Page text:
A few weeks ago, I hosted two families with three young children, age 2, 4 and 5.  One of the husbands suffered from depression and was barely able to move.  On Friday night, I announced that we would have a "Victory Shabbos," and explained that throughout the Shabbos, whenever anyone said that they were doing something difficult, I would put a raffle ticket in the box I had prepared.  (I separated the tickets before Shabbos.)  I explained that a victory could be as simple as saying a bracha out loud or being careful about whatever laws of Shabbos were difficult. 

Throughout Shabbos, we all had fun mentioning our own victories, which are different for each person.  One woman said it was a victory not to wash dishes which would not be reused on Shabbos.  Another said it was a victory not to take the lemon seeds out of the lemon, due to borer. One adult said, "I'm having a victory and not taking a second piece of cake."  The kids caught on quickly.  The four-year-old said that it was a victory not to eat before Kiddush.  The five-year-old's victory was not to rock the chair as he ate.  The two-year old's victory was to take her vitamins.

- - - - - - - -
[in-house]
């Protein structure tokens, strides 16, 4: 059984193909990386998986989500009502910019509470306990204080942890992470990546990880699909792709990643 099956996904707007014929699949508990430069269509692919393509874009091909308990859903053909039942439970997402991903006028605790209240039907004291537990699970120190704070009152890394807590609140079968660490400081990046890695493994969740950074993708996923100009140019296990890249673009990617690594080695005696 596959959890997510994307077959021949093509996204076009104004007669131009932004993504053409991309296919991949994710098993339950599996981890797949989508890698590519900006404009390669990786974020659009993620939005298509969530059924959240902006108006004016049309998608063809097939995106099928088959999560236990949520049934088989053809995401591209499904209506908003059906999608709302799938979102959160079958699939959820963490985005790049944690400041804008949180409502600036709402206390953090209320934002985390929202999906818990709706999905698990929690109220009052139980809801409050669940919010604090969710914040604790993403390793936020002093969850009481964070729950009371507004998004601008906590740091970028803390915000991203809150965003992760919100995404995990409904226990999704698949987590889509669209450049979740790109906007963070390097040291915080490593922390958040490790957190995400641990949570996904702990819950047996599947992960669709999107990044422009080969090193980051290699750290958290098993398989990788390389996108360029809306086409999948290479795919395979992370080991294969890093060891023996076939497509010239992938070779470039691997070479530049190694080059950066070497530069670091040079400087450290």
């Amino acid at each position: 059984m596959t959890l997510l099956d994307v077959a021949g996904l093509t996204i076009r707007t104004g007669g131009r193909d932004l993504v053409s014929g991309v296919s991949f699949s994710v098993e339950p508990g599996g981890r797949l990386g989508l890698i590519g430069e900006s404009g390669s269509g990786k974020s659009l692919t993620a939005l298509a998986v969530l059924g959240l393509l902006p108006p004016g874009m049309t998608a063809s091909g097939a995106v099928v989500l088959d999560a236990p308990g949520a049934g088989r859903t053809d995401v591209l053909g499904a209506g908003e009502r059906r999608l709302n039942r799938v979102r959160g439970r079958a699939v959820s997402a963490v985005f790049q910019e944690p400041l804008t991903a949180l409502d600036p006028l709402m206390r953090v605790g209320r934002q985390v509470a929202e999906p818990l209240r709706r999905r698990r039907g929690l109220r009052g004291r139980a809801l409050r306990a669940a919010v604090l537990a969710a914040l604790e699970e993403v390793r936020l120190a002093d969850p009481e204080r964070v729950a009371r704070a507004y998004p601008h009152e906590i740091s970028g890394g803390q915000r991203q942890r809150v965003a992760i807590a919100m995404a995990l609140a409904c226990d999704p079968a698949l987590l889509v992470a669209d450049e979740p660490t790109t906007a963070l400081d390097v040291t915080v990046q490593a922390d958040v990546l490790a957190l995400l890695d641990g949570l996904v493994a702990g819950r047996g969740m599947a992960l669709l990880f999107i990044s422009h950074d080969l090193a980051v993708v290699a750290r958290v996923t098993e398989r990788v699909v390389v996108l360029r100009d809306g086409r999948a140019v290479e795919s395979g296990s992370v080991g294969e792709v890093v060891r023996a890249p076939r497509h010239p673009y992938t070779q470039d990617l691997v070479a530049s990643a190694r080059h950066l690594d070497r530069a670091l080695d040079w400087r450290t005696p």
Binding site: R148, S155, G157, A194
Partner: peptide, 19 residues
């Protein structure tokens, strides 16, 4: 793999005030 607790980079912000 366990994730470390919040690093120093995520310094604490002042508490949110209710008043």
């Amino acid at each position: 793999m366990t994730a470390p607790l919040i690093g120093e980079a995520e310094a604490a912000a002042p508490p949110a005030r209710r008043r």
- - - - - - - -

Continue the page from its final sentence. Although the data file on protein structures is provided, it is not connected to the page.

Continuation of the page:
One thing that bothered the father was the thumb-sucking of the four-year old.  I told the child that I'd put a ticket in the box each time he wanted to suck his thumb and refrained from doing so.  He got eighty-for raffle tickets!  The father was astounded that instead of having to scold his son for sucking his thumb, the child took the initiative to stop on his own.  Both parents said that there was little need to scold or admonish the children all Shabbos. All they had to do was say, "Can you do this victory?"  And the depressed husband, who had not gone to shul the night before, said that his victory was to go to shul Shabbos morning.  As the day went on, he actually smiled a few times and became more involved in what was going on around him!